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Year : 2003  |  Volume : 69  |  Issue : 3  |  Page : 239-240

Localized cutaneous sporotrichosis lasting for 10 years

Departmant of Dermatology and Venereology, All India Institute of Medical Sciences, New Delhi.

Correspondence Address:
Dr. Rathiís Skin Clinic, 143, Hill Cart Road, Siliguri-734401, W. Bengal.

  #  Abstract

A case of localized cutaneous sporotrichosis lasting for 10 years is being reported. The fixed cutaneous variety creates diagnostic difficulty by mimicking other conditions, chiefly lupus vulgaris.

How to cite this article:
Rathi S K, Ramam M, Rajendran C. Localized cutaneous sporotrichosis lasting for 10 years . Indian J Dermatol Venereol Leprol 2003;69:239-40

How to cite this URL:
Rathi S K, Ramam M, Rajendran C. Localized cutaneous sporotrichosis lasting for 10 years . Indian J Dermatol Venereol Leprol [serial online] 2003 [cited 2020 Jul 9];69:239-40. Available from:

  ::   Introduction Top

Sporotrichosis is a fungal infection caused by Sporothrix schenckii.[1] Both cutaneous and systemic forms of sporotrichosis exist. Three clinical types are described: (i) fixed cutaneous, (ii) lymphocutaneous, and (iii) disseminated. Lymphocutaneous sporotrichosis is easy to recognize but fixed sporotrichosis can pose diagnostic problems.[2],[3] The following report illustrates the diagnostic problem caused by the fixed type of cutaneous sporotrichosis mimicking lupus vulgaris.

  ::   Case Report

A 60-year-old woman presented with a single, well-defined, erythematous, mildly scaly plaque with central clearing and scarring on the extensor of the left forearm [Figure-1]. Thickened lymphatic cords were not palpable in the vicinity nor was there any significant lymphadenopathy. The plaque began as a small papule 10 years earlier. It gradually increased in size for the first 2-3 years and had remained static since then. There was itching and superficial ulceration of the plaque off and on. She did not recall any history of thorn prick or any other injury at the site of the lesion. There was no history of cough, hemoptysis or weight loss. A biopsy had revealed granulomatous inflammation and she was treated with three antitubercular drugs for six months. However, there was no improvement with this treatment.

Her general physical and systemic examinations were normal. Her routine laboratory parameters, including the liver and renal function tests, and X-ray chest, were within normal limits. HBsAg, HCV and Mantoux test were negative. Ultrasonography of the abdomen was normal except for fatty infiltration of liver. A second skin biopsy showed extensive mixed cell granulomas in the upper and mid dermis with neutrophilic abscesses and many eosinophils. No organisms were seen. Tissue sent for fungal culture grew Sporothrix schenckii.

The patient was treated with a saturated solution of potassium iodide orally, with the dose gradually increased to 45 drops 3 times a day. The lesion resolved completely with scarring after 8-9 weeks of treatment. Potassium iodide was continued for two months after clinical resolution and then stopped. The patient did not report any adverse effects. There was no evidence of disease activity when she was reviewed one and half years after completing therapy.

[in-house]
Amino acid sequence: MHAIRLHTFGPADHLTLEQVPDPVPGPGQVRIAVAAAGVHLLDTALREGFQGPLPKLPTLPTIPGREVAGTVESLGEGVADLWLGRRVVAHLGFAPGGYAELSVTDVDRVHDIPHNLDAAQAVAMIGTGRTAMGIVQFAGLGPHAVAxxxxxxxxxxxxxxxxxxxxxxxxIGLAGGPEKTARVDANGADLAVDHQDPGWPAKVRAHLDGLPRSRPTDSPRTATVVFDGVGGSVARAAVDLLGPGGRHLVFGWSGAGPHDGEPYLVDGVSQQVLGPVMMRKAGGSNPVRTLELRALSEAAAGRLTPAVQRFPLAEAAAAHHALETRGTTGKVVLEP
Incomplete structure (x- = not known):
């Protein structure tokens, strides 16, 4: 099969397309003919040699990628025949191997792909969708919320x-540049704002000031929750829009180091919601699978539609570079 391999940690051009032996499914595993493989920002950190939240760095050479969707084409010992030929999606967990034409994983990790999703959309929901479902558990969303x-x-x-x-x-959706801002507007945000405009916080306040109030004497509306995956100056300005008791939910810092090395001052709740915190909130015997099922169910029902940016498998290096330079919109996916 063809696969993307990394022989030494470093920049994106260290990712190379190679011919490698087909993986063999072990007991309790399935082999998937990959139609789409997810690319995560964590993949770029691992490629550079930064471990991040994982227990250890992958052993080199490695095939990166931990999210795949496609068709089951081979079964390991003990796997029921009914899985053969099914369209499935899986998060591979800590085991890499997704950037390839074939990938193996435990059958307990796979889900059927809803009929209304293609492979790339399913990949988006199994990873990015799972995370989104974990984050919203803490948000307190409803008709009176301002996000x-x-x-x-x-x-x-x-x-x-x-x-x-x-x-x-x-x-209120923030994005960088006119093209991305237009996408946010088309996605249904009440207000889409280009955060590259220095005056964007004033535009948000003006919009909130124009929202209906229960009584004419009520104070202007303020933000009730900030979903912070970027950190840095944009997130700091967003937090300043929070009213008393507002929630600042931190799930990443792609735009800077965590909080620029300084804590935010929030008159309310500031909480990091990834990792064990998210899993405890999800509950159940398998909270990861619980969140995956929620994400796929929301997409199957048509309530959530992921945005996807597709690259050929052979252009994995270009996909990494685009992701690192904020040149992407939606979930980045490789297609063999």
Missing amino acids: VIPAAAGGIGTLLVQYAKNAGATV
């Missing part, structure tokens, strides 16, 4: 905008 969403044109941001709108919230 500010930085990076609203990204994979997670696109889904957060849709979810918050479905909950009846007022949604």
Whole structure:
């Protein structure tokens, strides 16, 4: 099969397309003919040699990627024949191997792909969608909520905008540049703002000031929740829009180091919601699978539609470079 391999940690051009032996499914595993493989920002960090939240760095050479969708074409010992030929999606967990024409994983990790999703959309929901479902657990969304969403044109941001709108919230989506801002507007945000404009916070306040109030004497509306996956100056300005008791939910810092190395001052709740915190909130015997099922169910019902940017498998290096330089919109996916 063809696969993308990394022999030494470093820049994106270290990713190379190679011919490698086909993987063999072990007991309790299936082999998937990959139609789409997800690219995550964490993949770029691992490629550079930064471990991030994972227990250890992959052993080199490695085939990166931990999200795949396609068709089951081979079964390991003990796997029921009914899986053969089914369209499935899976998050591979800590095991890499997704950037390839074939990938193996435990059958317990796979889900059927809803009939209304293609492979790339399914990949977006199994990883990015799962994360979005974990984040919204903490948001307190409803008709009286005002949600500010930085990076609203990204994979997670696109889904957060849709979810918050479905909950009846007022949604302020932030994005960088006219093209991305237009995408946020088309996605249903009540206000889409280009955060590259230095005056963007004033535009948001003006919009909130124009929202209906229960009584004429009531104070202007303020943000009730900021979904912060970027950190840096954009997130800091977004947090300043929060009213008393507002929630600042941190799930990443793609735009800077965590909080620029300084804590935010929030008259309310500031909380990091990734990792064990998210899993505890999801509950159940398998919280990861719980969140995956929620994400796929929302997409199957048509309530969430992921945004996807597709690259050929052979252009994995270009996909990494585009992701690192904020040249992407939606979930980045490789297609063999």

::   Discussion Top

The lymphocutaneous variety of sporotrichosis presents a distinctive clinical picture, with nodules and ulcers arranged linearly along the lymphatics with thickened lymphatic cords between the nodules, usually on exposed skin.[1],[3] The fixed variety, where the pathogen remains localized, is less common.[4],[5] It may be a nodular, acneiform, ulcerated or verrucous form of variable duration.[6] The fixed cutaneous type is more difficult to diagnose and may be mistaken for other causes of a persistent, non-healing ulcer or nodule,
chiefly tuberculosis.[6],[7],[8] Many patients, like our case, are
treated for cutaneous tuberculosis.

In our patient, the diagnosis of sporotrichosis was suspected by the finding of a mixed cell granuloma on biopsy and confirmed by fungal culture. She responded well to treatment with potassium iodide.

  #   References Top

1.Hay RJ, Moore M. Mycology. In: Champion RH, Burton JL, Burns DA, Breathnach SM, editors. Textbook of dermatology. 6th edn. Oxford: Blackwell Science; 1998. p. 1277-376.  Back to cited text no. 1    
2.Chang G, Kantor G, Koblenzer P, et al. Fixed cutaneous sporotrichosis. Arch Dermatol 1999;126:399-400.  Back to cited text no. 2    
3.Itoh M, Okamoto S, Kanya S. Survey of 260 cases of sporotrichosis. Dermatologica 1986;172:203-13.  Back to cited text no. 3    
4.Hemashettar BM, Kuchabal DS, Hanchinamani Suman P. Fixed cutaneous sporotrichosis from North Karnataka. Indian J Dermatol Venereol Leprol 1992;58:45-7.  Back to cited text no. 4    
5.Singh P, Sharma RC, Gupta ML. Localised cutaneous sporotrichosis of face - a case report from India. Indian J Dermatol Venereol Leprol 1980;46:381.  Back to cited text no. 5    
6.Villaca-Neto CM, Rossetti RB, Fischman O, Paschoal LH. Localized cutaneous verrucous sporotrichosis of 26 years' duration. Mycoses 1988;31:353-5.  Back to cited text no. 6  [PUBMED]  
7.Sperling LC, Read SI. Localized cutaneous sporotrichosis. Int J Dermatol 1983;22:525-8.  Back to cited text no. 7  [PUBMED]  
8.Shiraishi H, Gomi H, Kawada A, et al. Solitary sporotrichosis lasting for 10 years. Dermatology 1999;198:100-1.  Back to cited text no. 8  [PUBMED]  [FULLTEXT]


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